College seniors looking to pad their GPA with an A+ in their last year should be crashing the internet trying to sign up for this University of Georgia professor’s class.
The professor, Dr. George Watson, has implemented an unorthodox “stress reduction policy” that essentially renders class chill time, according to Campus Reform. He crafted the policy knowing that “emotional reactions to stressful situations can have profound consequences for all involved.” One review of the testing policy shows you have to put effort into not getting a good grade:
- All tests and exams will be open book and open notes, including the use of material on your laptop.
- All tests and exams will be designed to be completed in half the allotted time by the majority of students.
- All tests and exams will be designed to assess low-level mastery of the course material.
Compared with the rest of the guidelines, Watson’s testing policy is harsh. Students essentially choose their own grades:
- If you feel unduly stressed by a grade for any assessable material or the overall course, you can email the instructor indicating what grade you think is appropriate, and it will be so changed. No explanation is required, but it is requested you consider waiting 24 hours before emailing the professor.
And don’t expect any infringement of personal bubbles to occur in Watson’s class:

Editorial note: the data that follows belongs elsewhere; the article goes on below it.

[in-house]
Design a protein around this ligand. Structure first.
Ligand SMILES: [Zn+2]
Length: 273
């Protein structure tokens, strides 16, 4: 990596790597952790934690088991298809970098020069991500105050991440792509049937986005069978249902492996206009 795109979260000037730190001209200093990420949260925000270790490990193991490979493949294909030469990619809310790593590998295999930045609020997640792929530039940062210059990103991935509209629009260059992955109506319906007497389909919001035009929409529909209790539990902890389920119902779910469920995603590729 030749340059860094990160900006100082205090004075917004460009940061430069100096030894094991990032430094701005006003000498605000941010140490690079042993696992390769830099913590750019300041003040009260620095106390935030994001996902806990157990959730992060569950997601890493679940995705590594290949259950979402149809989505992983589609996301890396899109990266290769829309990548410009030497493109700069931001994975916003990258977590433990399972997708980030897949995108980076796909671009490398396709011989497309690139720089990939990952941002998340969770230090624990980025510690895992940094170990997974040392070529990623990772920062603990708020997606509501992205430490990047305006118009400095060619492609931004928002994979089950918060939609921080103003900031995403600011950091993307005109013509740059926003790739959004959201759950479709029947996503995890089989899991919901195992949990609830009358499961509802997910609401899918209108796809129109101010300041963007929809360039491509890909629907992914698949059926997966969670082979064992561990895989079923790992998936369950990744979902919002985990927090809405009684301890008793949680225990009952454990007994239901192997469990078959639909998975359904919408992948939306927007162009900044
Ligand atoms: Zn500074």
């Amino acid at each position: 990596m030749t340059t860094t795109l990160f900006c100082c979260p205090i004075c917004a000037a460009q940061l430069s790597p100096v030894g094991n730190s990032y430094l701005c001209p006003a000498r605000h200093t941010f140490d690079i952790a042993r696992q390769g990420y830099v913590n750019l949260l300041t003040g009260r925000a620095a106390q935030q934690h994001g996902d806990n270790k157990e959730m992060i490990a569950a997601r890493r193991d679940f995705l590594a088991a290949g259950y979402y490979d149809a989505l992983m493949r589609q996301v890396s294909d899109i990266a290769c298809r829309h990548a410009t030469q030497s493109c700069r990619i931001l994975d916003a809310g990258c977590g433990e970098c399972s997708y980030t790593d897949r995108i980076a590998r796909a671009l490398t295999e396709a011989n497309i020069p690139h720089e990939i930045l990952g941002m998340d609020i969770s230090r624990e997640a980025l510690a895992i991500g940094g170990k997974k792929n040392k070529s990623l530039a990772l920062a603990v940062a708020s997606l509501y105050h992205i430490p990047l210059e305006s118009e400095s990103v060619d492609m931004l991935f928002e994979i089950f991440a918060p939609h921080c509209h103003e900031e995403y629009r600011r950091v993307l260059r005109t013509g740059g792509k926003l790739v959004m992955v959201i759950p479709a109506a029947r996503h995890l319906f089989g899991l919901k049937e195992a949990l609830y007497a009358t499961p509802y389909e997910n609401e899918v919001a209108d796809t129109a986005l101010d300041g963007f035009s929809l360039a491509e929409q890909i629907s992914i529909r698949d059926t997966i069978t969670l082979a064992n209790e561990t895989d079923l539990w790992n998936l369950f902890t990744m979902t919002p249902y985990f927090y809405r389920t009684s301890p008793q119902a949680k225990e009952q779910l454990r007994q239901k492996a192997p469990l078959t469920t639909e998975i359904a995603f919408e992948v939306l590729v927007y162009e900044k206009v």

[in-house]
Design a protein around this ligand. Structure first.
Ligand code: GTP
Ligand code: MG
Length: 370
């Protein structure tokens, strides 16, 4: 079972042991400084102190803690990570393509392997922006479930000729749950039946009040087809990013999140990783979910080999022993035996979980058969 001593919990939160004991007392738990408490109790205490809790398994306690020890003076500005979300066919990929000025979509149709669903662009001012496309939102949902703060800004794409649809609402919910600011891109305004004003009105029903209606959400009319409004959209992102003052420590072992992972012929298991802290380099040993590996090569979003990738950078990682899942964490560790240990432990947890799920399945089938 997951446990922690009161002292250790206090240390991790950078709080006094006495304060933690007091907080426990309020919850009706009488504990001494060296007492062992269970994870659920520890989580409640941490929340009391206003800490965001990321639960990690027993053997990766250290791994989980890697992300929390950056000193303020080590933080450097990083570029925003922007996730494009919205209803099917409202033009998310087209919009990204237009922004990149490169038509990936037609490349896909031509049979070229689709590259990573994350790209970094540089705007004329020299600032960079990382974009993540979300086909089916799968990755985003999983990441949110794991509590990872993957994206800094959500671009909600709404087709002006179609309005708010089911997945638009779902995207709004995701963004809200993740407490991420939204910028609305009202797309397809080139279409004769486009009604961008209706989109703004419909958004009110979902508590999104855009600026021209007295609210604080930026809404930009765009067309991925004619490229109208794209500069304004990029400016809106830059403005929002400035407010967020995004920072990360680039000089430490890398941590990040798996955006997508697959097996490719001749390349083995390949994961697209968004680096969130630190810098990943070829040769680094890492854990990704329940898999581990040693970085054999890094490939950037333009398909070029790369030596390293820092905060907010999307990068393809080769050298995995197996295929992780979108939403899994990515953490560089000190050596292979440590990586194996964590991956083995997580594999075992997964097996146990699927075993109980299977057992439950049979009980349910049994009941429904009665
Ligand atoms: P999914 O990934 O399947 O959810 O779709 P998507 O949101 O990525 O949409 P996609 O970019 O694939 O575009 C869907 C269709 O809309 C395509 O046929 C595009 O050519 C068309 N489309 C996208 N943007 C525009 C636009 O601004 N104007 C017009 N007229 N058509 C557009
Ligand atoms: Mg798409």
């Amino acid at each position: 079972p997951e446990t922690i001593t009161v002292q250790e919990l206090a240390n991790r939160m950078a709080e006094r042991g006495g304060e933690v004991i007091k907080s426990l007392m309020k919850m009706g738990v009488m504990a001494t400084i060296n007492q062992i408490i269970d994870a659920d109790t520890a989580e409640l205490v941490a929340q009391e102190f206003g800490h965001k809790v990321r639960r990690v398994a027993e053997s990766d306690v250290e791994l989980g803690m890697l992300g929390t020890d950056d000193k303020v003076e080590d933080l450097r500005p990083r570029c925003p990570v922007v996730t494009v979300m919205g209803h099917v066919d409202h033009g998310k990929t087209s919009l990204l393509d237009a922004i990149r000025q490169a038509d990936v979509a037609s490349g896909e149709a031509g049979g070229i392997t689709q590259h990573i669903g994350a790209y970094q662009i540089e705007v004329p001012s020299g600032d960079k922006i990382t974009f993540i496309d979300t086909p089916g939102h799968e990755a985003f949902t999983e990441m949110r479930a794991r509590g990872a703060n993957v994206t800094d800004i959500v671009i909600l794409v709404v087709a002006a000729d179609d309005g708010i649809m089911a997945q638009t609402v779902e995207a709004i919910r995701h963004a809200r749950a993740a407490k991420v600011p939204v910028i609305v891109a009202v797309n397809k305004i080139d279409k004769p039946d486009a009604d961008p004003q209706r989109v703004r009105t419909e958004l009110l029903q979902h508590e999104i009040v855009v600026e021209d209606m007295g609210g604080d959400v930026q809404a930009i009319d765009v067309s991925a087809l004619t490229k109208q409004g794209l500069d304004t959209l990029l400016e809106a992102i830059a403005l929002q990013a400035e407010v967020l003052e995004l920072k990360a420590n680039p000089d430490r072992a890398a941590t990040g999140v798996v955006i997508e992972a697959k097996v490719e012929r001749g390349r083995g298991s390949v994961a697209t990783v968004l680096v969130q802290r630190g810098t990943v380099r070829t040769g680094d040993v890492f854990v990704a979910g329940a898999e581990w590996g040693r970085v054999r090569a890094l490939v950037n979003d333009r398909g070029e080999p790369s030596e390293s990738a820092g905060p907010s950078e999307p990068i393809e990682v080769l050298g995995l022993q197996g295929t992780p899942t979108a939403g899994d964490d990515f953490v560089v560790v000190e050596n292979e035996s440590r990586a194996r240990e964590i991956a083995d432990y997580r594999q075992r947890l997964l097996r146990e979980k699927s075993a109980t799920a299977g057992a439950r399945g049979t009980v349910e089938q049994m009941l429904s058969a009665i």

- If in a group meeting you feel stressed by your group’s dynamics, you should leave the meeting immediately and need offer no explanation to the group members. Furthermore, you can request to discontinue all group work and your grade will be based totally off non-group work.
Every presentation is to be perfect, as well, or at least treated as such.
- Only positive comments about presentations will be given in class. Comments designed to improve future presentations will be communicated by email
Dr. Watson does concede that his policy might “hinder the development of group skills and mastery of the class” but says this “ultimately is your responsibility.”
The University of Georgia should increase enrollment projections for Watson’s “Data Management” and “Energy Informatics” classes.
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